Continue Reading Below
Automakers capitalized on early holiday shopping with Black Friday car deals that helped propel U.S. sales in November, keeping the industry on pace for a record year.
Even with two fewer selling days during the month, sales are projected to ride Black Friday promotions to the biggest November in 14 years. Kelley Blue Book called for total sales of 1.3 million units. Excluding Mercedes-Benz parent Daimler, the industry has tallied 1.28 million vehicles sold in November, a 1.6% improvement over last year. Daimler is scheduled to report U.S. sales on Wednesday.
Detroit’s Big Three each reported modest sales gains amid unwavering demand for pickup trucks. General Motors (GM) sold 1.5% more vehicles during the month, driven by a 10% increase in Chevrolet truck sales. Crossovers and sport-utility vehicles were also strong sellers.
Fiat Chrysler Automobiles (FCAU) jumped 3%, and the Jeep brand was the biggest contributor. Jeep sales soared 20%, offsetting declines at Chrysler and Dodge. Ram sales edged 1% higher on an increase in pickup-truck volume.
Ford (F) saw its best November truck performance in eight years as sales rose 0.4%. F-Series trucks were up 10%, recovering from a lull earlier this year when Ford plants were ramping up production of the redesigned 2015 F-150. Ford’s truck sales, which surged 18% overall, overshadowed weaker demand in SUVs and cars.
Continue Reading Below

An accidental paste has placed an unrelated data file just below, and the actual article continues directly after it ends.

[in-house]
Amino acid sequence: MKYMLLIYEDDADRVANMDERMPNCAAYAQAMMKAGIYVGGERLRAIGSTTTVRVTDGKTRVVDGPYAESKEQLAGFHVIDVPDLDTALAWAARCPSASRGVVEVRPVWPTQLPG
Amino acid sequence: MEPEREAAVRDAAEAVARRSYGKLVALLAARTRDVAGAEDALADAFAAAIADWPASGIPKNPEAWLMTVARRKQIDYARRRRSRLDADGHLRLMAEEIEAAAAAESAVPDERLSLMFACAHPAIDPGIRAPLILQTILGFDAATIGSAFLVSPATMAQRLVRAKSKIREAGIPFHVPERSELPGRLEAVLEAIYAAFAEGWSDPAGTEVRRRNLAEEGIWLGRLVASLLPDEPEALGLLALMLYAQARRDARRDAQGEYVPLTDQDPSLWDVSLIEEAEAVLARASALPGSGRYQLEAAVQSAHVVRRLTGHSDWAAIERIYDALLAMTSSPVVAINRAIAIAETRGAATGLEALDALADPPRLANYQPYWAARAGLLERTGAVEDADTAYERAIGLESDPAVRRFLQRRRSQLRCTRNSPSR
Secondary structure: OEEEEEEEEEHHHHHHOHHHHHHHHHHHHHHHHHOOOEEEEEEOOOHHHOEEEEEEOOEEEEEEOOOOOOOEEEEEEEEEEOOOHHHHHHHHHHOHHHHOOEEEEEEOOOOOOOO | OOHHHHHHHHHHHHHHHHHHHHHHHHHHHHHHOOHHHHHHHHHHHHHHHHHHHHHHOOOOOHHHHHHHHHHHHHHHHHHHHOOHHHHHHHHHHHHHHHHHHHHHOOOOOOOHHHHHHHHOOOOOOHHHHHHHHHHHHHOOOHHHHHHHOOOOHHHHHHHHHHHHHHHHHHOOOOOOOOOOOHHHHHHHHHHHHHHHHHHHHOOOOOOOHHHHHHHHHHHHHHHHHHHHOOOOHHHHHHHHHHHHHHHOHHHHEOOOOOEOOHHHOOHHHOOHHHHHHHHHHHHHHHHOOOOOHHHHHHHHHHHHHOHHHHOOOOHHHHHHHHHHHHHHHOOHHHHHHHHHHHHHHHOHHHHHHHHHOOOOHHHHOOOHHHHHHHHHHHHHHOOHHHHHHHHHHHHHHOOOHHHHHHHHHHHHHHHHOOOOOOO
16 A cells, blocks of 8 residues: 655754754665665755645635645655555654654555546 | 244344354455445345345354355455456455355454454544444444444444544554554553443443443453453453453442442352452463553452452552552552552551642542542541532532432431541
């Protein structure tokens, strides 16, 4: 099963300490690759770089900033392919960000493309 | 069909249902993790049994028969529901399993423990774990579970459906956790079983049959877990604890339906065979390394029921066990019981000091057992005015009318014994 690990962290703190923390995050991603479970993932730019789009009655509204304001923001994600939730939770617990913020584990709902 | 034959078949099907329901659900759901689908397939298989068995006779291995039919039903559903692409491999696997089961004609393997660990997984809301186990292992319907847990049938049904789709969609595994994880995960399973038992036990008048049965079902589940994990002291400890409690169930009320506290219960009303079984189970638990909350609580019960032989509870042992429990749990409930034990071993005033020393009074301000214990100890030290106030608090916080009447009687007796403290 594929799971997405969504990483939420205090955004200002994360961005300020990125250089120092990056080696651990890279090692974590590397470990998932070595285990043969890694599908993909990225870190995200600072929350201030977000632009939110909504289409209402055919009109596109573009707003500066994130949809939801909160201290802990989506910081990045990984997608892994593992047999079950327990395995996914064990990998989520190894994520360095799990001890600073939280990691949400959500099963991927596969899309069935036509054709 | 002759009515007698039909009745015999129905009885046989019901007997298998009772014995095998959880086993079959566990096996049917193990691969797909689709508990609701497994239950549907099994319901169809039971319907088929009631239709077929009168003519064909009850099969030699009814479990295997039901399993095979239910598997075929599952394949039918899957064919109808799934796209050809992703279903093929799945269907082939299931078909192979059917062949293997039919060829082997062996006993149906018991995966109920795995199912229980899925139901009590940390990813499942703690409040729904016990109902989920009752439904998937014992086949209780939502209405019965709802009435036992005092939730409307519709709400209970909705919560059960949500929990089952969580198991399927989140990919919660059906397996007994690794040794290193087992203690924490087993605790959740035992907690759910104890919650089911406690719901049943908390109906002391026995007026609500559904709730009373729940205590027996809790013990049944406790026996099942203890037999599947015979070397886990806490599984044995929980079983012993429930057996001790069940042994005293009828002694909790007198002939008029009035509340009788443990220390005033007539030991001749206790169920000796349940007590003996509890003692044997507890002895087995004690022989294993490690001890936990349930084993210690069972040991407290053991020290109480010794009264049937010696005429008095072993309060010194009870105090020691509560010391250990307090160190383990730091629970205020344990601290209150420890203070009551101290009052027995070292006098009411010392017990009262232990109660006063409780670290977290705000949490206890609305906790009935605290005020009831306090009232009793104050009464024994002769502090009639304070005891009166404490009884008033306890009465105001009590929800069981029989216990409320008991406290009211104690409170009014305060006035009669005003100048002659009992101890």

Pricing Defies Holiday Discounts
Despite the onset of holiday deals, pricing continued to tick higher in the penultimate month of the year. The average price for a new vehicle in November rose to $32,966, which was moderately higher compared to the prior month and November 2014.
Jessica Caldwell, a senior analyst for Edmunds.com, said holiday promotions typically put little upward pressure on incentives overall.
“At this time of year, it’s more about promoting and getting your message out rather than the deal itself,” Caldwell explained, adding that automakers have embraced the idea of “Black Friday all month long.”
Ford said it spent less on consumer discounts in November, while its average transaction prices (ATPs) grew $3,800, the largest increase among major automakers.
The company briefly ran a “Friends & Neighbors” promotion that offered discount pricing normally reserved for suppliers, but it ended the program earlier than expected. This week, Ford launched a new sales event for the holidays.
GM also said its incentive spending dropped. According to GM, J.D. Power’s PIN estimates showed that industry-average spending as a percentage of ATPs was 10.5% in November. That is 0.2 percentage points higher versus a year ago but 0.3 percentage points down from October’s level.
As transaction prices and sales volume climbed, automotive revenue reached its highest level for November record. TrueCar (TRUE) said the industry booked $44 billion in revenue during the month, marking a 3.8% increase.
“For the past two months, this growth has been more moderate as incentives increased with extended model year-end promotions in October and November’s early Black Friday campaigns. Even with only slight ATP growth, revenue continues to roll-in for automakers,” said Stacey Doyle, TrueCar’s senior industry analyst.
With November’s sales growth, automakers are now one month away from clinching a record-setting year.
Domestic new-vehicle sales are widely expected to surpass 17 million units for the first time since 2001. Kelley Blue Book believes industry-wide sales will rise 5.6% this year to 17.4 million cars and trucks, which would mark the highest total on record.
A consumer shift to SUVs and crossovers—aided by cheaper gasoline across the country—has supported retail sales for many brands, and some manufacturers have scrambled to keep up with demand this year. The onset of winter weather should provide an extra boost for utilities as the year comes to a close.
“December is normally a big month for trucks, SUVs and luxury. I think that’s going to be another headline,” Caldwell said.